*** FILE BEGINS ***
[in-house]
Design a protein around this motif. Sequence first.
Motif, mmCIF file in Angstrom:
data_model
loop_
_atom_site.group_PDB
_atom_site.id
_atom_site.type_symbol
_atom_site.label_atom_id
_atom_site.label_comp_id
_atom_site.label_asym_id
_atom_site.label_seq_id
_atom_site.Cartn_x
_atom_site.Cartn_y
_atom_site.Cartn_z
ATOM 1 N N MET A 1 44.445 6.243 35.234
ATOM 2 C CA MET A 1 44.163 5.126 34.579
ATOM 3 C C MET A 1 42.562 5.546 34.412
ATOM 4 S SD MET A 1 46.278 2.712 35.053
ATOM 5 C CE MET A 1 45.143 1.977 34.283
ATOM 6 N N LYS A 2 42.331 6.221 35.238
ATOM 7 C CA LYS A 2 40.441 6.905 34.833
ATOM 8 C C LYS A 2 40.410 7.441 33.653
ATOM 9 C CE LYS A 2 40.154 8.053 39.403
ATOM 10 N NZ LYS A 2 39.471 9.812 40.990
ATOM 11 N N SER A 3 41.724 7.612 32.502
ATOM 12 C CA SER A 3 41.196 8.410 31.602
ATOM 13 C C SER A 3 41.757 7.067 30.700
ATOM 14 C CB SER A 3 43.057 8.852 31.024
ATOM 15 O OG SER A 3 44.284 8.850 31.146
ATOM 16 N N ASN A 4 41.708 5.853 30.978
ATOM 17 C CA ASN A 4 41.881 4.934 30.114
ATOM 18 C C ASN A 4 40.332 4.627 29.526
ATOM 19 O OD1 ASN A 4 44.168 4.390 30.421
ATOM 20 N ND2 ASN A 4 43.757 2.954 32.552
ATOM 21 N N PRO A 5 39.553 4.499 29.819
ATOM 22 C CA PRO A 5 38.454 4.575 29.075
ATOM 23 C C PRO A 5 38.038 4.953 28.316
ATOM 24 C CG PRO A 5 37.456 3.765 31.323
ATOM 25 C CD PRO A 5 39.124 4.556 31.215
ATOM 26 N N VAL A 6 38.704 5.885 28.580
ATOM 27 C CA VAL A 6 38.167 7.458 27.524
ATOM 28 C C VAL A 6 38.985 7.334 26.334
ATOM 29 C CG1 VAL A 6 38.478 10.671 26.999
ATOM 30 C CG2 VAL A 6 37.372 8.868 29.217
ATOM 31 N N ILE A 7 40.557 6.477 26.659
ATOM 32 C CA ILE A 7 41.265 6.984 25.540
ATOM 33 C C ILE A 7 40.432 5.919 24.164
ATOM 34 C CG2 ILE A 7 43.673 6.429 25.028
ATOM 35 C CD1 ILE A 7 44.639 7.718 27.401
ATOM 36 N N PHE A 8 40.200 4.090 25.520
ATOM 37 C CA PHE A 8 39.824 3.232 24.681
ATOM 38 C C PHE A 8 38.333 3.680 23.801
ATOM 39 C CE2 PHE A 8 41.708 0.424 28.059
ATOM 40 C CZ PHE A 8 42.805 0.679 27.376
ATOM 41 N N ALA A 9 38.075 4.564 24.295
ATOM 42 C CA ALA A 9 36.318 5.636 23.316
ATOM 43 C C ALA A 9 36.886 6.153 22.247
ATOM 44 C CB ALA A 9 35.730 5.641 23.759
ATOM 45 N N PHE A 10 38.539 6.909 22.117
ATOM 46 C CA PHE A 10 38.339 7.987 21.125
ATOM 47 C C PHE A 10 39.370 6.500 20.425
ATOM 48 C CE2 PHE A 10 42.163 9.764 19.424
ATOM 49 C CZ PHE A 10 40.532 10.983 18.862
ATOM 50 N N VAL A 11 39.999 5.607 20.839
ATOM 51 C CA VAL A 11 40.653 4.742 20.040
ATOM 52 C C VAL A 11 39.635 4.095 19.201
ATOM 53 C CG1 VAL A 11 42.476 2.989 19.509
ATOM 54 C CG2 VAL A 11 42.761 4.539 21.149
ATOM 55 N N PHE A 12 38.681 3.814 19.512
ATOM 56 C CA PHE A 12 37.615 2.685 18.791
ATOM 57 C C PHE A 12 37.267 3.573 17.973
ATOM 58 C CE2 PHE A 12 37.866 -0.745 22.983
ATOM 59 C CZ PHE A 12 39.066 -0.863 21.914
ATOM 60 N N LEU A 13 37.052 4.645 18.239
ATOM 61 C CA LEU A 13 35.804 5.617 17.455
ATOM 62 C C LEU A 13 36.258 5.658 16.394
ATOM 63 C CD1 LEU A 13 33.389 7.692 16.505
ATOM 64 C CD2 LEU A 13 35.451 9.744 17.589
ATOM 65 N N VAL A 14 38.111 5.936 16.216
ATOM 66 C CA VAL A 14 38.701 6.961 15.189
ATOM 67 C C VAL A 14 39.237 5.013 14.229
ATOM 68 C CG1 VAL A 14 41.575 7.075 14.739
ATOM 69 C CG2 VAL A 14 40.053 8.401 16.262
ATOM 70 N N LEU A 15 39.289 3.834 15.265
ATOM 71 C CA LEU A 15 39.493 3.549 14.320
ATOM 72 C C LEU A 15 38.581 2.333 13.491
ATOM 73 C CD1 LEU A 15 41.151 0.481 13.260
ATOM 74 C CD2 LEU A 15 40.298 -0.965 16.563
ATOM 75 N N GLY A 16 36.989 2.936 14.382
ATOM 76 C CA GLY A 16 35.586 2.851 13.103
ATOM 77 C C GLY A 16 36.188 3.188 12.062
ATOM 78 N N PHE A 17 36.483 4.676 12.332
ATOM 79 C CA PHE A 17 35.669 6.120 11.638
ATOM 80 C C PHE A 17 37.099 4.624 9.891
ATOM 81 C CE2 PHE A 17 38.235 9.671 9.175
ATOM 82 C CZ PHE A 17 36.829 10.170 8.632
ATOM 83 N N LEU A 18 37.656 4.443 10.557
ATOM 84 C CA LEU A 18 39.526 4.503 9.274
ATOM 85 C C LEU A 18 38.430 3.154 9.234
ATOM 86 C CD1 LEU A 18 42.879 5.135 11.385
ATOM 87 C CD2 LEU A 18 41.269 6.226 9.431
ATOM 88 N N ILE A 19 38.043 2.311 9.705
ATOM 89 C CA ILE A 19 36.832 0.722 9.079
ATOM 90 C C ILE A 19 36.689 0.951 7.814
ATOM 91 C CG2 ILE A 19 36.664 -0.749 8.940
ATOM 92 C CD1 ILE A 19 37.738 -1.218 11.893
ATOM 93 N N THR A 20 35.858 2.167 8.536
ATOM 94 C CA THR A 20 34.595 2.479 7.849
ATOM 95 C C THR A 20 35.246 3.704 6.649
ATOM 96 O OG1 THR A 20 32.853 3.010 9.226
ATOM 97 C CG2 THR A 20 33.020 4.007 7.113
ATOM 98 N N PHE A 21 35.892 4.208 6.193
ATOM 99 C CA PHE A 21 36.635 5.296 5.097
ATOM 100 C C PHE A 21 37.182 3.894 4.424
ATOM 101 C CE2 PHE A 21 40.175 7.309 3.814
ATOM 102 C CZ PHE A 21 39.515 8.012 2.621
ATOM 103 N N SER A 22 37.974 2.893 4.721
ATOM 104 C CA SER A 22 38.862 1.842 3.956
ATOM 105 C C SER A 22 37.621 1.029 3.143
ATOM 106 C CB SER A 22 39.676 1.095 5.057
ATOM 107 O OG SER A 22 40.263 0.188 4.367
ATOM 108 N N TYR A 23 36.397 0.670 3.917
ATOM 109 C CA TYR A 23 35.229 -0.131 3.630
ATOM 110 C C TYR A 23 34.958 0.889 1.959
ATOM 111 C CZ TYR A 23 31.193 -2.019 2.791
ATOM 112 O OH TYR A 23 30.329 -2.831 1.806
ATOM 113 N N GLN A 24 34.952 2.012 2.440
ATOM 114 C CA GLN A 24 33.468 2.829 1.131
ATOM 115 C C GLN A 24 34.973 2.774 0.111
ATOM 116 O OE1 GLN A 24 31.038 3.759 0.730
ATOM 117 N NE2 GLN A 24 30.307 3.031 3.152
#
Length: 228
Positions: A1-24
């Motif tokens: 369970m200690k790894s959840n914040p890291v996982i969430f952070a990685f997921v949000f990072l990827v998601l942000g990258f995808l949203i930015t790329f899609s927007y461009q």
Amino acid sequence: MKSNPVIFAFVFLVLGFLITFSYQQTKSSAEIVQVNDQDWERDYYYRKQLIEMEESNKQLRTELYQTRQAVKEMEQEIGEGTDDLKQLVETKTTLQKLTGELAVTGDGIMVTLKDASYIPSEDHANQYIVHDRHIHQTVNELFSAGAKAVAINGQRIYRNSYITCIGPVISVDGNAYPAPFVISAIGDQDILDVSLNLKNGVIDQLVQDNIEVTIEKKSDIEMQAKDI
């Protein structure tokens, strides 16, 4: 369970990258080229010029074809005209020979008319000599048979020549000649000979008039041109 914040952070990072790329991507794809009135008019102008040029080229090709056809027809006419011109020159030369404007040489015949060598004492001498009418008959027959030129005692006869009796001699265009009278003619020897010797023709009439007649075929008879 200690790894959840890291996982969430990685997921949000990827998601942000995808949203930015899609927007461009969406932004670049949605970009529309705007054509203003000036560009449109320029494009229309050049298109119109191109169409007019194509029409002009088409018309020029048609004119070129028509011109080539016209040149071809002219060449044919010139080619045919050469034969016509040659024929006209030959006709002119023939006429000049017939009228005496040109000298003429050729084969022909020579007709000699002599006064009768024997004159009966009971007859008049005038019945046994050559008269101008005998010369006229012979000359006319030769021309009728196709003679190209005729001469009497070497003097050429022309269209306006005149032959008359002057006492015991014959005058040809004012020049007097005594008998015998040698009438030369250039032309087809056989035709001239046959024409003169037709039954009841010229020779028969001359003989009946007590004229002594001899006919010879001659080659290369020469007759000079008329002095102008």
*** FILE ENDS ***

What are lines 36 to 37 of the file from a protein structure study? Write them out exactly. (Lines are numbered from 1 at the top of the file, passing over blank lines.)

ATOM 21 N N PRO A 5 39.553 4.499 29.819
ATOM 22 C CA PRO A 5 38.454 4.575 29.075